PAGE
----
A chip for a brain-machine interface is being built in Australia

UNSW Engineering fibre optic chip. Image: UNSW
  • Engineers at the University of NSW are working on a brain-machine interface.
  • They have developed pixel-like sensors on a chip that pick up electrical signals when placed on brain tissue.
  • The researchers have has been awarded a $US359,000 ($A490,215) US Naval Research grant.

Australian researchers have just won funding from the US to help develop chips to read neural activity from the brain.

The University of NSW Sydney Engineering researchers have been awarded a $US359,000 ($A490,215) US Naval Research grant for work which could lead to the creation of a brain-machine interface.

Dr Leonardo Silvestri and Professors Francois Ladouceur and Nigel Lovell from UNSW Engineering are working on a direct communication pathway between a wired brain and an external device.

The ultimate goal is to enable two-way communication between the brain and a machine, such as an artificial limb or a computer.

The team invented the first chip to use fibre optics to measure signals from the brain and convert them to an image that can be read.

“We’ve developed optrodes — pixel-like sensors on a chip — that pick up electrical signals when placed on brain tissue,” says Dr Silvestri.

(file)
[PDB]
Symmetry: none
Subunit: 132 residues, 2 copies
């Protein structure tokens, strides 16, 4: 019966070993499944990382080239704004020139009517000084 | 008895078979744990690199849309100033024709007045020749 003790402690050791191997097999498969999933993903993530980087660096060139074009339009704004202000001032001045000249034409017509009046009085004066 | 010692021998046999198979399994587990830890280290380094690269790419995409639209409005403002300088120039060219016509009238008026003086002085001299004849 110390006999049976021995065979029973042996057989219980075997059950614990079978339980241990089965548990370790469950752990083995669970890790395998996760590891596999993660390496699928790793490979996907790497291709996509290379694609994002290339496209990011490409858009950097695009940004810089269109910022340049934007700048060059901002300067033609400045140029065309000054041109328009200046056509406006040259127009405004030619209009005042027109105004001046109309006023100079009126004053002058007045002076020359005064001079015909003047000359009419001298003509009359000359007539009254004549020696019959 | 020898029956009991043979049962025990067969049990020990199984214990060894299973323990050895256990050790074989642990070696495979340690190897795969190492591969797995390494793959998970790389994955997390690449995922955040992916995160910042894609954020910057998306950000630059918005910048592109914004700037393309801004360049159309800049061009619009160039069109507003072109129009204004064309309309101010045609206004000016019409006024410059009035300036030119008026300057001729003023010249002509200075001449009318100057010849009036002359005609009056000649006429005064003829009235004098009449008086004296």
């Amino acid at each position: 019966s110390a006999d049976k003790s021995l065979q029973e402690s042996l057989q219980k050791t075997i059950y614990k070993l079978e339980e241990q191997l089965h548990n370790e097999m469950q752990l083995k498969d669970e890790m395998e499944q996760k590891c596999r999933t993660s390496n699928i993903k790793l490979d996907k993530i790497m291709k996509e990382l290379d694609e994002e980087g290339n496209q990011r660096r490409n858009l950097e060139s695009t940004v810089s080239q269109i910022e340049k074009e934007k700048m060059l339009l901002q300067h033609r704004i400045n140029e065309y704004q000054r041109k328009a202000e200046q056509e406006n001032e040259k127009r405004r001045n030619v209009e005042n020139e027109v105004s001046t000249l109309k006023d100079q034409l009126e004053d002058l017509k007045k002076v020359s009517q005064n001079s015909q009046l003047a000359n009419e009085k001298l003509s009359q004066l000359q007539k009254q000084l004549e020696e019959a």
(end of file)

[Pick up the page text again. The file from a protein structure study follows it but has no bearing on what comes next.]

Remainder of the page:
“At the back of the chip are optical fibres that measure this brain activity and translate it into a visual image.

“This is the information we can interpret and use to control a connected device, which could have potential applications in numerous fields.”

Fibre optic technology uses light pulses to send data via optical fibres, which have a much higher bandwidth than electrical wiring.

“What we are building is a chip with a million electrodes, with a small bundle of thin, lightweight glass fibs going from the brain to a small device in your pocket, from where it can transmit wirelessly,” says Dr Silvestri.

“Our solution is far easier to scale than those using traditional wiring and it’s also less susceptible to interference — so when instructing a machine we can be much more precise. This will be especially valuable for medical applications.”

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